Wednesday, May 1, 2019

What You Need To Know About Ethereum and Hyperledger

In today’s financial space, blockchain is the talk of the town. Many companies are trying to incorporate blockchain technologies in their processes, thus the need for blockchain developers is increasing. Two of the most prominent blockchain technologies are Ethereum and Hyperledger. Before diving deeper into technical aspects of the two, there are some things that needs to be understood first.

Know what blockchain is

Imagine a database, but it has several copies across many computers and is encrypted using cryptographic keys. That is blockchain in a nutshell, as it stores data in blocks distributed in a network. Its first widely known use is in a cryptocurrency called Bitcoin, where every transaction is saved in a blockchain.

    Know the principles of blockchain
            
One of Blockchain’s key “selling” point is the use of consensus when submitting transactions, as data is verified by people in the network before a transaction enters into the blockchain. Another is immutability, meaning once a transaction is stored it can no longer be tampered or deleted. This is significant in the long run as this mechanism preserves records better than databases.

  Know the difference between a private and public blockchain

Let’s go with public blockchain first, as it was the initial idea of blockchain. Being public means virtually anyone across the world has access to the blockchain. Ethereum is public and is for general purpose such as cryptocurrency. One risk associated with this is high risk of being hacked by highly-programming-skilled criminals. To prevent this, transactions must be “paid” using cryptocurrency. In addition, Ethereum has a thing called “gas”, a second currency required so a transaction can go through.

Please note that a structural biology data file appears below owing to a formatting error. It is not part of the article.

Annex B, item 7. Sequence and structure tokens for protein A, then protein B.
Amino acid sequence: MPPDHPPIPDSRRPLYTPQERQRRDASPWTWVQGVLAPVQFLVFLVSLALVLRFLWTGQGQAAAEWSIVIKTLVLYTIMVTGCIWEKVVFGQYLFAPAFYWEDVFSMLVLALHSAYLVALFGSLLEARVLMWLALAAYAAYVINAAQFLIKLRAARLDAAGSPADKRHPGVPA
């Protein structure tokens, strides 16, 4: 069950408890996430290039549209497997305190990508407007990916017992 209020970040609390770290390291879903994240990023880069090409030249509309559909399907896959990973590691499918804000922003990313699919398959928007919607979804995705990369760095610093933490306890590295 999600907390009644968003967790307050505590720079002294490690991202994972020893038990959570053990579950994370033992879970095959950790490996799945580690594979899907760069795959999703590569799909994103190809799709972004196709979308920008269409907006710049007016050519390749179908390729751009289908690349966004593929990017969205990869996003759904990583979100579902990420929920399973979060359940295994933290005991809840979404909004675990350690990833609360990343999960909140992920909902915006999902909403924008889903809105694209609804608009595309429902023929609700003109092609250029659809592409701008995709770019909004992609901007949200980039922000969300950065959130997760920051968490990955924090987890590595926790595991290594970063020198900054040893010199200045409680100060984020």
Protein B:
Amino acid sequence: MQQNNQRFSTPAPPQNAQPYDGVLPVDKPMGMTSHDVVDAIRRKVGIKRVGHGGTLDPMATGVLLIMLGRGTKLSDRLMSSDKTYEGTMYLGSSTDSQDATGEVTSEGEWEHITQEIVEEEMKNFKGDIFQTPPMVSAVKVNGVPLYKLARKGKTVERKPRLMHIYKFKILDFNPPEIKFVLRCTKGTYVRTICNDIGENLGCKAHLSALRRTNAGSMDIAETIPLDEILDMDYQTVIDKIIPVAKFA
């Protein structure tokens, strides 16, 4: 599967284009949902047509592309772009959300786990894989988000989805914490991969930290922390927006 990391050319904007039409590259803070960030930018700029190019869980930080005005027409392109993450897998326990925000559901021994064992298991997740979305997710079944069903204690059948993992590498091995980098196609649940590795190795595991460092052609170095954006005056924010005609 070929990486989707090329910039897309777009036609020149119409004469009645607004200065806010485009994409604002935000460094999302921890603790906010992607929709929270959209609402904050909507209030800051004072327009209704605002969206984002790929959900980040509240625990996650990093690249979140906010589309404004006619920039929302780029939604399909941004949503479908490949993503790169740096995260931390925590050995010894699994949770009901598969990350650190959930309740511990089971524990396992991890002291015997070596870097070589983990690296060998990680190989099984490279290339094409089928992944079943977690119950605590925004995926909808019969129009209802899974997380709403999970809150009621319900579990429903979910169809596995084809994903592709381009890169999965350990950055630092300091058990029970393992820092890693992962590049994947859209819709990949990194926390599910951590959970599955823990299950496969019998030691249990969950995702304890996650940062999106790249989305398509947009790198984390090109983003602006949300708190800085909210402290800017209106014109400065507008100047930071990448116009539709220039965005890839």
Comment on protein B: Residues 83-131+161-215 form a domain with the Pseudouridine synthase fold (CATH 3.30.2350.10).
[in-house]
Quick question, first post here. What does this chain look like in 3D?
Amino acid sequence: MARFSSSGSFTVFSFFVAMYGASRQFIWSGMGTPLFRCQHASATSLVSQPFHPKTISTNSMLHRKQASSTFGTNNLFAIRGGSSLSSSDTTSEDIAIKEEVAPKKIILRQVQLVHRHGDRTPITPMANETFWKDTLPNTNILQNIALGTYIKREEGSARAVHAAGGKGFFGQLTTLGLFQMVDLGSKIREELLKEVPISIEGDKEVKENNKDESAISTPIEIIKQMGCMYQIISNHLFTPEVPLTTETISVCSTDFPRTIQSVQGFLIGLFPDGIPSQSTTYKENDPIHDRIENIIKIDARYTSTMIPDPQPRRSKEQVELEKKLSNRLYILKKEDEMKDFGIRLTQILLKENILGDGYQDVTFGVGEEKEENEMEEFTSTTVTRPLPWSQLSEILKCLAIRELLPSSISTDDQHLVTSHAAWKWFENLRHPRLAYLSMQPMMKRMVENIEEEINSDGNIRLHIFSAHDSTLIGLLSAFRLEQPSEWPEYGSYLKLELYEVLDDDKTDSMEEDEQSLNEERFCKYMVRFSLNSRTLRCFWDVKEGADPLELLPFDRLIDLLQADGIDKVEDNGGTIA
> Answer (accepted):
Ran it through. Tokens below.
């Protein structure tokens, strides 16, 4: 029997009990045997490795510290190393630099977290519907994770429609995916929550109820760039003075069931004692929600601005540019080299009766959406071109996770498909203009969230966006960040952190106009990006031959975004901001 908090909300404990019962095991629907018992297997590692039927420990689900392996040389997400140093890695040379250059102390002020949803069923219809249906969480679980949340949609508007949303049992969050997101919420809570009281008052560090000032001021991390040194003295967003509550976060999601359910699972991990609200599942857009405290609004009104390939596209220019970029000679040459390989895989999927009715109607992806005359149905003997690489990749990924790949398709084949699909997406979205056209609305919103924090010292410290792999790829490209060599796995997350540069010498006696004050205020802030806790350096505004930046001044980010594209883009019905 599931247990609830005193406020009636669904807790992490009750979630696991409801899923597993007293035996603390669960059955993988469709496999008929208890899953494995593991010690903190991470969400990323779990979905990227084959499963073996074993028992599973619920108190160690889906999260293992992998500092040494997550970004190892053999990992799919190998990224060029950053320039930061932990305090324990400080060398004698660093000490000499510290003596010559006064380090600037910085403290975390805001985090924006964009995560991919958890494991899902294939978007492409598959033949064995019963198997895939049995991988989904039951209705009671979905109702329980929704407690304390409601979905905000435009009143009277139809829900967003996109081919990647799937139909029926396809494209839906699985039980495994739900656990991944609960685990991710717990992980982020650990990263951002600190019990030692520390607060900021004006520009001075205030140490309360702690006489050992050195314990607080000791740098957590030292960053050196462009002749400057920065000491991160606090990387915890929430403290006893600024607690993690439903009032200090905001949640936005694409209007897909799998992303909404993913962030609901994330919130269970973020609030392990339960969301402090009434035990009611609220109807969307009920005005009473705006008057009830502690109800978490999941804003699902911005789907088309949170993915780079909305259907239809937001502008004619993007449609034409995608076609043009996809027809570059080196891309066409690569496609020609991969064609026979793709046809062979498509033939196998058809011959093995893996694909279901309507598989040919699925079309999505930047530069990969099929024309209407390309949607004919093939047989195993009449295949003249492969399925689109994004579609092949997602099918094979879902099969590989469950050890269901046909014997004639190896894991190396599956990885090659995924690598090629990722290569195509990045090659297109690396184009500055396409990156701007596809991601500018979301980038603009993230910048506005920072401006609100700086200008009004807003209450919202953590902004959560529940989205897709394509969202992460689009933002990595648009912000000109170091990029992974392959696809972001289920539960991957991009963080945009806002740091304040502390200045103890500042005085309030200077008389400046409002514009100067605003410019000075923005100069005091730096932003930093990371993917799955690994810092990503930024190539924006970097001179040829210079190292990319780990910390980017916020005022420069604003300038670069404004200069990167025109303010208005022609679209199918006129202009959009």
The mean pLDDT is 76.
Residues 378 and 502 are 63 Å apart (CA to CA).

Security concerns lead to the development of private blockchain. Instead of being worldwide accessible, transaction records are stored on a specific, limited network. This is where Hyperledger belongs, as it offers development tools for specifying own blockchain network. Private blockchains do not have cryptocurrency by default, but it can integrate cryptocurrencies from other platforms.

    Know the significance of blockchain in a use case

You might end up saying blockchain is cool, but this does not mean everything is “blockchainable”. Review and understand each aspects of a use case scenario. Once you have created an application design based on the scenario, think carefully if the principles of blockchain can benefit potential users of the application, or its disadvantages will make people “turn off”.

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